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$10.2M in grants given in state to aid broadband access

by Michael R. Wickline | August 17, 2020 at 7:23 a.m.
Cables connecting phone, cable and Internet service come out of a wall connector in the home office of Mike Loucks of Friday Harbor, Wash., in this March 2015 file photo.

One of Arkansas' broadband grant programs has handed out a total of $10.2 million, while a similar program said it has 30 grants of up to $75,000 apiece available to rural communities seeking money to make the internet connection service accessible to their residents.

The aim of the Arkansas Rural Connect program at the state Department of Commerce is to provide high-speed broadband access to rural communities in Arkansas.

The Department of Commerce is evaluating applicants with a focus on projects that can deploy broadband to qualified areas before Dec. 30, the department said in a news release.

The program's latest grant is $497,001 to the city of Cotton Plant, which will work in partnership with Hillbilly Wireless. The project will provide fixed wireless to homes in Cotton Plant, the department announced Thursday.

[CORONAVIRUS: Click here for our complete coverage » arkansasonline.com/coronavirus]

So far, the Arkansas Rural Connect program has announced grants to eight communities, said Alisha Curtis, a spokeswoman for the Commerce Department.

The seven other grants are:

• $2 million to CableSouth Media 3 and Lonoke.

• $2 million to CableSouth Media 3 and Hamburg.

• $1,909,264 to Pinnacle Communications and Ozark.

• $1,568,750.25 to Arkansas Telephone Co. and Fairfield.

• $1,025,692 to Magazine Telephone Co. and Magazine.

• $803,762 to Hillbilly Wireless and Cave City.

• $448,580.30 to Premier Holdings and Nashville.

This broadband grant program at the Commerce Department already has received $19.3 million in federal coronavirus relief funds recommended by the 15-member federal Coronavirus Aid, Relief and Economic Security Act steering committee, appointed by Gov. Asa Hutchinson.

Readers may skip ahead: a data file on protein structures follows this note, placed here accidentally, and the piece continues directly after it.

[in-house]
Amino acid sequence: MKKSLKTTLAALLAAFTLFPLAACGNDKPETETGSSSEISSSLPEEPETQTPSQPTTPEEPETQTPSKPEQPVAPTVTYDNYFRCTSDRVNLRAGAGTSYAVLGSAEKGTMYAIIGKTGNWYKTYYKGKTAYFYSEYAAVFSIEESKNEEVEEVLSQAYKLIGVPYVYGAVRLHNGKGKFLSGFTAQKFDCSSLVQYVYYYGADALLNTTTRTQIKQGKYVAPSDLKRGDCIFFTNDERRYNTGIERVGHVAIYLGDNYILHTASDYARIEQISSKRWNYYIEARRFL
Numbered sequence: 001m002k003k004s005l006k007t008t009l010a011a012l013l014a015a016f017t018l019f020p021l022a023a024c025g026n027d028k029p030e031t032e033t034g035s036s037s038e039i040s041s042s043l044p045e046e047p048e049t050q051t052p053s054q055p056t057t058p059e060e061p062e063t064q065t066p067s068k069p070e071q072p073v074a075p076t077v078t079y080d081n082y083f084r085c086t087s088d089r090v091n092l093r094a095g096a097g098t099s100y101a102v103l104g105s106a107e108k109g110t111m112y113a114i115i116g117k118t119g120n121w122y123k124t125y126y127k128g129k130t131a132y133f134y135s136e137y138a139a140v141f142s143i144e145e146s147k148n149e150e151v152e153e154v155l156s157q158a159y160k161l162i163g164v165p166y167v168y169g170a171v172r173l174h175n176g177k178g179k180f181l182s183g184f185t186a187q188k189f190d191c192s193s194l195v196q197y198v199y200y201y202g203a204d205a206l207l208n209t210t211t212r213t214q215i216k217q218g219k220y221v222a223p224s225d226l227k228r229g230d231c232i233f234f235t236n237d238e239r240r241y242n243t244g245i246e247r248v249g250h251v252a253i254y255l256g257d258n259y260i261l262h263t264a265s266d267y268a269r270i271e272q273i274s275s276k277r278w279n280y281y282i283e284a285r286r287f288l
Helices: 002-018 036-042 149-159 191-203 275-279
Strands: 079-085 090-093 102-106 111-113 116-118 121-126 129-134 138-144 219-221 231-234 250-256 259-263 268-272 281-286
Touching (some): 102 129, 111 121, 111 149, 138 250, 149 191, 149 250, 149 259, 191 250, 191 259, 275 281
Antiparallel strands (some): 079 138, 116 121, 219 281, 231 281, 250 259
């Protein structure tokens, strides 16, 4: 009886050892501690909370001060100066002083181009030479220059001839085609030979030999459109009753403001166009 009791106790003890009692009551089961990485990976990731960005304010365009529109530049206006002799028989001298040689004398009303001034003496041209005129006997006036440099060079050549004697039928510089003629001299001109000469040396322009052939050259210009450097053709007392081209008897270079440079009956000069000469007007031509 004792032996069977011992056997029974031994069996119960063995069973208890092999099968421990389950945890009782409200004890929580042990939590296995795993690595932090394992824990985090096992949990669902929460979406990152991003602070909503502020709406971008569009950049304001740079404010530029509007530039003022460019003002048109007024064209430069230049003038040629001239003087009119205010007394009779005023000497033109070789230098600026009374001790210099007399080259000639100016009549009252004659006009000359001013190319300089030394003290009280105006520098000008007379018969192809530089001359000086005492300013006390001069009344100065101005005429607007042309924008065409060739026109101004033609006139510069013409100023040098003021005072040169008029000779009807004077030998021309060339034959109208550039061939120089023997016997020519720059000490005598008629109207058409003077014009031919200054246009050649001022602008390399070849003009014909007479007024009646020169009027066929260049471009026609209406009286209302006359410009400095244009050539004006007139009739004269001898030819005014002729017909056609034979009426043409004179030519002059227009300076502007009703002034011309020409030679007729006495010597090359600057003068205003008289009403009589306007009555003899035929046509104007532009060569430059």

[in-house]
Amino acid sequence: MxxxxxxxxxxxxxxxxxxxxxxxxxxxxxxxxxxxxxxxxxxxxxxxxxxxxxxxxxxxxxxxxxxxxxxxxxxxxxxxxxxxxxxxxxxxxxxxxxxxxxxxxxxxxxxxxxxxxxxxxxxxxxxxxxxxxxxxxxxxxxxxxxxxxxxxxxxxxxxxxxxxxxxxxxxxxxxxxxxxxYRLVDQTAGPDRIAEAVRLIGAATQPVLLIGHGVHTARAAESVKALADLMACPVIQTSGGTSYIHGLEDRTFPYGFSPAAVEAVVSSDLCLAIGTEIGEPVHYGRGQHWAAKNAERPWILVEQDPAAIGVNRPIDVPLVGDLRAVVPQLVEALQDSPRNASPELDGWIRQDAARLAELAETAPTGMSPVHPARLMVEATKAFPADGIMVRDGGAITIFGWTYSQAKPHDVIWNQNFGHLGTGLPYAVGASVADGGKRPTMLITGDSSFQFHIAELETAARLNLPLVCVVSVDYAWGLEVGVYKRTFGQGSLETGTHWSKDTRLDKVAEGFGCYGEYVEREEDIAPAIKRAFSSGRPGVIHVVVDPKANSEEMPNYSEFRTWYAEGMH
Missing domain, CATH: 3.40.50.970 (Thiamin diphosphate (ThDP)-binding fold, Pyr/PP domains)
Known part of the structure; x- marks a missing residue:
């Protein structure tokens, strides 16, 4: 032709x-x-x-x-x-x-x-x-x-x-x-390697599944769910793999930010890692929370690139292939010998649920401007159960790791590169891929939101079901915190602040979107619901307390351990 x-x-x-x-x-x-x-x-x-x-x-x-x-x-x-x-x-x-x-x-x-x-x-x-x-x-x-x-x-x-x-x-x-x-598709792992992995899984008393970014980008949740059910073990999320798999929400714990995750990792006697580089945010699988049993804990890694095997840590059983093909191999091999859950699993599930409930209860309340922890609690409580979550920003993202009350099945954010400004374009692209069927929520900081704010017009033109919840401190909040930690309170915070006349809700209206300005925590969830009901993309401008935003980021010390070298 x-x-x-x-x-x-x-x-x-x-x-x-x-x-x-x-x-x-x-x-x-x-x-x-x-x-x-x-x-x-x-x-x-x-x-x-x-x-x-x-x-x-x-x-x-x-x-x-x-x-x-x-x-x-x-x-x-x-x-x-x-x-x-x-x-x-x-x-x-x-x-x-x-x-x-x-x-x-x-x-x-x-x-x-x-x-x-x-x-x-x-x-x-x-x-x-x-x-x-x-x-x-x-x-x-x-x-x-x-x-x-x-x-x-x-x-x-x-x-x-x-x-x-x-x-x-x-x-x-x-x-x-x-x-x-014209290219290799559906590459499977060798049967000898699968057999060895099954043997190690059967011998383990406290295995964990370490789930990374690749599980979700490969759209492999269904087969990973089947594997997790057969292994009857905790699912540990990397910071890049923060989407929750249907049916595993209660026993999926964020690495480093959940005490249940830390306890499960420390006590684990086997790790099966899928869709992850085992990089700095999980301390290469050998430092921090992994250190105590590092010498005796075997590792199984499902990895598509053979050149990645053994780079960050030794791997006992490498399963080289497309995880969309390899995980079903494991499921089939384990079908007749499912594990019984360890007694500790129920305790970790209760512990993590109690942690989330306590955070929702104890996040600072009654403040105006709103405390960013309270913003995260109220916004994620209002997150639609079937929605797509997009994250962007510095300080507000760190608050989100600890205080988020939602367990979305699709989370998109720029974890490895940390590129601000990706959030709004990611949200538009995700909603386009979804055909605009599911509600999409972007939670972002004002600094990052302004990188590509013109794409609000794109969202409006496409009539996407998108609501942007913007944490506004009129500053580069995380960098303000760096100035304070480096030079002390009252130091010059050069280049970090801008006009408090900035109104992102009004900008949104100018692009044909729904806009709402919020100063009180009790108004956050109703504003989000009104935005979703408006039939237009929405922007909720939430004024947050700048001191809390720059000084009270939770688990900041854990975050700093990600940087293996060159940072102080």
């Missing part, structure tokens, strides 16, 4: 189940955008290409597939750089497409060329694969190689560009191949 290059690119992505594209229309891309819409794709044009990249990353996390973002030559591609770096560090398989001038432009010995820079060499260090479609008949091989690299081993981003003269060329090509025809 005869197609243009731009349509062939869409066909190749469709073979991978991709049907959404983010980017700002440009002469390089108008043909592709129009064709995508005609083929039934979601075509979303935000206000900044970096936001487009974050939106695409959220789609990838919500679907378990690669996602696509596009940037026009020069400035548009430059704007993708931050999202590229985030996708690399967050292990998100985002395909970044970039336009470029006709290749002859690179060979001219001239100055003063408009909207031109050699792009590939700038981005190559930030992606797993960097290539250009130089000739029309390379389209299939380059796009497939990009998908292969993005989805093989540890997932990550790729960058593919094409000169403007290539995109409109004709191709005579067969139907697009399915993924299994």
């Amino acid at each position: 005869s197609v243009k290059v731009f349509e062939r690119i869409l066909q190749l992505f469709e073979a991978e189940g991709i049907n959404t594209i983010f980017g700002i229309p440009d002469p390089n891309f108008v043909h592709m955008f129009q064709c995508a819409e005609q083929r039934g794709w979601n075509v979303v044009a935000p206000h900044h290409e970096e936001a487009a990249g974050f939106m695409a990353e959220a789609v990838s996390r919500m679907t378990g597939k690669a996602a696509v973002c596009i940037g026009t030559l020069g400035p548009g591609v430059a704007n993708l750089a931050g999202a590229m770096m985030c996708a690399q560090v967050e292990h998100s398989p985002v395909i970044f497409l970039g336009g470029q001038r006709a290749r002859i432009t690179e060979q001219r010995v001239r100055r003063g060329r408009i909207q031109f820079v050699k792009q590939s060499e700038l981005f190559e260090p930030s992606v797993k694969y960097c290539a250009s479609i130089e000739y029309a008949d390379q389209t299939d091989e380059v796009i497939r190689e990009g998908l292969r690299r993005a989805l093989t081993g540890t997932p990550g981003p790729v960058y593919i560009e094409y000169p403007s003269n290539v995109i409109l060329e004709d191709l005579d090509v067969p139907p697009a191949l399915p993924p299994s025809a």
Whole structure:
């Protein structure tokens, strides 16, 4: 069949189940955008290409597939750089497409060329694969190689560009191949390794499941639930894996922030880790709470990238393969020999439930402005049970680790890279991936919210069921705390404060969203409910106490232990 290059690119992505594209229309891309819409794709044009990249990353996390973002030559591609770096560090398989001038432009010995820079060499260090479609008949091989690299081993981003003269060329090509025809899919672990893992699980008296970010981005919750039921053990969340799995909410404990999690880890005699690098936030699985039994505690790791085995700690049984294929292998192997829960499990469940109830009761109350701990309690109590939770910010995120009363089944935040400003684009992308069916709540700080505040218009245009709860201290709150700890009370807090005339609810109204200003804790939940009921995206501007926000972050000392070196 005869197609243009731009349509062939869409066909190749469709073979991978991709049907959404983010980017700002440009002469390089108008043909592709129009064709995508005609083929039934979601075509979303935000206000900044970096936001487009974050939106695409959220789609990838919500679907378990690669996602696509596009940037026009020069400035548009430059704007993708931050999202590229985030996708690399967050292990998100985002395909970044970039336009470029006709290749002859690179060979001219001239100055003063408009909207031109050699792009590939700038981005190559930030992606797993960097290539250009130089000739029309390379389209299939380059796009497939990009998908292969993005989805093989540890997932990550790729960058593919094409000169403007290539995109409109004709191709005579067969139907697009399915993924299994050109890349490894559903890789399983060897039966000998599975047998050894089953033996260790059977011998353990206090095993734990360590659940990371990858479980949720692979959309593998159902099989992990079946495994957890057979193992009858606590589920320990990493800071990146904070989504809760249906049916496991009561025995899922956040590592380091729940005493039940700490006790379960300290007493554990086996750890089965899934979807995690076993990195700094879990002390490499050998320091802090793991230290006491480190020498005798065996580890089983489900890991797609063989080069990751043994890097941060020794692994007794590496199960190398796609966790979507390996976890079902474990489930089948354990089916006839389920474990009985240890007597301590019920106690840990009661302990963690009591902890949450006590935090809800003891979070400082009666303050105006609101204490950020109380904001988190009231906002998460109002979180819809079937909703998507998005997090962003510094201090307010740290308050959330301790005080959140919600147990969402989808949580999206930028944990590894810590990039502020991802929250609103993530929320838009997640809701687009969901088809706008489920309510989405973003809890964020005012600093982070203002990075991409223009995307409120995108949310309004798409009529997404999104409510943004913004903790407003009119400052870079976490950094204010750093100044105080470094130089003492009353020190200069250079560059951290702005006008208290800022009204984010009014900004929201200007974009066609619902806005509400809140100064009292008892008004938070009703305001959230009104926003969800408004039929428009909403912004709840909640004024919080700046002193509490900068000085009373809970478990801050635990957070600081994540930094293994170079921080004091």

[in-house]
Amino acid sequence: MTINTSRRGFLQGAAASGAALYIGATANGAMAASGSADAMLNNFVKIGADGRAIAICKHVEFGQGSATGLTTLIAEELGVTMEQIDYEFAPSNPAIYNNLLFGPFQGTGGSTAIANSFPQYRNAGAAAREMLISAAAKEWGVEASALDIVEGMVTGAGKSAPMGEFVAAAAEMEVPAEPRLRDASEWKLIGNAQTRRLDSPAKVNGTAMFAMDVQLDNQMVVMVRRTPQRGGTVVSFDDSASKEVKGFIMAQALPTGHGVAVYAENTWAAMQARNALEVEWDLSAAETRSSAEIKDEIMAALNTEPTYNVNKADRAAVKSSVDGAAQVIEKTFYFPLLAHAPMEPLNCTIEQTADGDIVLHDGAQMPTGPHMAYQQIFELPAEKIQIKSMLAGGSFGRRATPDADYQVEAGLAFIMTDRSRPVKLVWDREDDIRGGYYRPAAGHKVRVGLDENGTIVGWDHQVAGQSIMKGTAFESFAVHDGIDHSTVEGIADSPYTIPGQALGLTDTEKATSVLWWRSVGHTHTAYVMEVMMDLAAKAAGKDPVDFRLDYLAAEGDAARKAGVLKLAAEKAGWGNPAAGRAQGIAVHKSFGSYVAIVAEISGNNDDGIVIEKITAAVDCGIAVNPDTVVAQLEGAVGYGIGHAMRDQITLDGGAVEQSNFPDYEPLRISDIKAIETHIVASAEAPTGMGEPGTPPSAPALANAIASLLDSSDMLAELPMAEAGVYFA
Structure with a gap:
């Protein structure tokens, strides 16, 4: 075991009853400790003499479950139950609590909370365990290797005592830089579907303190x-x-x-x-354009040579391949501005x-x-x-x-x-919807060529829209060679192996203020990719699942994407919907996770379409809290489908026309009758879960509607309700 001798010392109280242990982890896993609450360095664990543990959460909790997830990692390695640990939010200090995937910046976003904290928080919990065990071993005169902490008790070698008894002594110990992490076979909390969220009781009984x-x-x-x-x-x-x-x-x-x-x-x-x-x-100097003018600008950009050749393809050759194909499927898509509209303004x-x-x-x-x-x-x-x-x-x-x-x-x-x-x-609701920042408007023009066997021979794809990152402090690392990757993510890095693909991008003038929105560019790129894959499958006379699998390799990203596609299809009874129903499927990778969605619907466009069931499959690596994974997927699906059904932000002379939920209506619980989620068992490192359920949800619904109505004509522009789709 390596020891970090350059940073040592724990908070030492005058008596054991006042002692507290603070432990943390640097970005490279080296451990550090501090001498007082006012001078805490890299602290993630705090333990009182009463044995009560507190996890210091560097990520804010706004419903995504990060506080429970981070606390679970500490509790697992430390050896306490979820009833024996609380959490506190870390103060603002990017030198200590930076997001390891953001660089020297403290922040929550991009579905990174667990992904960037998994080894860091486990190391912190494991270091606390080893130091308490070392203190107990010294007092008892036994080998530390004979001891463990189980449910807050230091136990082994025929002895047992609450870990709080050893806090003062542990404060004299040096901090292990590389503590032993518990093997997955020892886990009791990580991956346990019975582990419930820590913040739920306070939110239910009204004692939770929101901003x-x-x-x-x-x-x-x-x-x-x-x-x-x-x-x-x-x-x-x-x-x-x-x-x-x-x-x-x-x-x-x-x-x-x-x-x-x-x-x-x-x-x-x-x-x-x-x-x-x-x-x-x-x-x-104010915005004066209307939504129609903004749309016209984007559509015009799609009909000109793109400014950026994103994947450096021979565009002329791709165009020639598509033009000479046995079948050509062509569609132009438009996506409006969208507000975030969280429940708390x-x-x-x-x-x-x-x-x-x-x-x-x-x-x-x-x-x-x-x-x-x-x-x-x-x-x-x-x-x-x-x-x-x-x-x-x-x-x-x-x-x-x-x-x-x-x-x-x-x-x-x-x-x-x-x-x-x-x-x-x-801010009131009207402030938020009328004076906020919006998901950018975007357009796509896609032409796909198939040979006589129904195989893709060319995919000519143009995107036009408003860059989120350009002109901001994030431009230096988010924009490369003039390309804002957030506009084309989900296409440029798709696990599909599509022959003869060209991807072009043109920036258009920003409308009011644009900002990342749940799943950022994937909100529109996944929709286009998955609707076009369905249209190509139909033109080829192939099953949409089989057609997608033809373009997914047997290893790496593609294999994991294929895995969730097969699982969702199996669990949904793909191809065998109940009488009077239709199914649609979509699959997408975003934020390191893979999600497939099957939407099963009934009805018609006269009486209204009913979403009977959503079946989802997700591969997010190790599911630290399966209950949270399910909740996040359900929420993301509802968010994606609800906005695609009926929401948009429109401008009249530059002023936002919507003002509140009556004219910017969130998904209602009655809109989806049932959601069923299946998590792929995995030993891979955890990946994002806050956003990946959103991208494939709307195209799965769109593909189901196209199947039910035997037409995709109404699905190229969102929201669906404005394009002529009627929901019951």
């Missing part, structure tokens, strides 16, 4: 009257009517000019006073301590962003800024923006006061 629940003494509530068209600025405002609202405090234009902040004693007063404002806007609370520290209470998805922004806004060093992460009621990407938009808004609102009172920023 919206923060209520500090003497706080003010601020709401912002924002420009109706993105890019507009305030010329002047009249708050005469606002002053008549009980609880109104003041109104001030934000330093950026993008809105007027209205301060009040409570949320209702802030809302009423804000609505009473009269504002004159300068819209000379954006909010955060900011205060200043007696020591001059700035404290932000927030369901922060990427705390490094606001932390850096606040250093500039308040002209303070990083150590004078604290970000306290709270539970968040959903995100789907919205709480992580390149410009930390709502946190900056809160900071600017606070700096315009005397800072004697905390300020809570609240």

It received $5.7 million in state funds last year before the coronavirus pandemic. Curtis said $4.7 million of the state funds are available for grants because the other $1 million is for administrative costs.

The steering committee recently endorsed a proposal, backed by Senate President Pro Tempore Jim Hendren, R-Sulphur Springs, and House Speaker Matthew Shepherd, R-El Dorado, to provide $100 million more in federal coronavirus relief funds to the Arkansas Rural Connect program. The Legislative Council will consider the Department of Commerce's request for spending authority for these federal funds this week.

"As we prepare for the school year to begin, broadband is more important than ever," Hutchinson said in the Department of Commerce's news release. "Providing access points to school districts and using ARC grants to deploy broadband is a successful strategy to connect our students."

Meanwhile, the Rural Broadband I.D. grant program at the University of Arkansas for Medical Sciences said the program has $2 million in federal funds available to help cities, incorporated towns, counties and unincorporated communities to conduct broadband due-diligence business studies.

The studies are required in federal grant and loan applications for broadband infrastructure, UAMS said in a news release. Communities can use their broadband due-diligence business studies to apply for funding from the Federal Communications Commission's Rural Digital Opportunity Fund, the U.S. Department of Agriculture's Rural eConnectivity Pilot Program, the U.S. Department of Agriculture's Farm Bill and other federal grants and loans for broadband development programs.

The Rural Broadband I.D. program has received $2.3 million in federal coronavirus relief funds recommended by the CARES Act steering committee. The program was created through legislation sponsored by Sen. Missy Irvin, R-Mountain View.

UAMS has received $324,600 of the $2.3 million in federal funds "for our costs for work on the project, including reviewing and scoring the grant proposal," said UAMS spokeswoman Leslie Taylor.

"As covid-19 changes the ways in which we work and learn remotely, high-quality infrastructure is increasingly vital to our economy, access to health care, and overall quality of life," Joseph Sandford, interim director of the UAMS Institute for Digital Health & Innovation, said in UAMS' news release.

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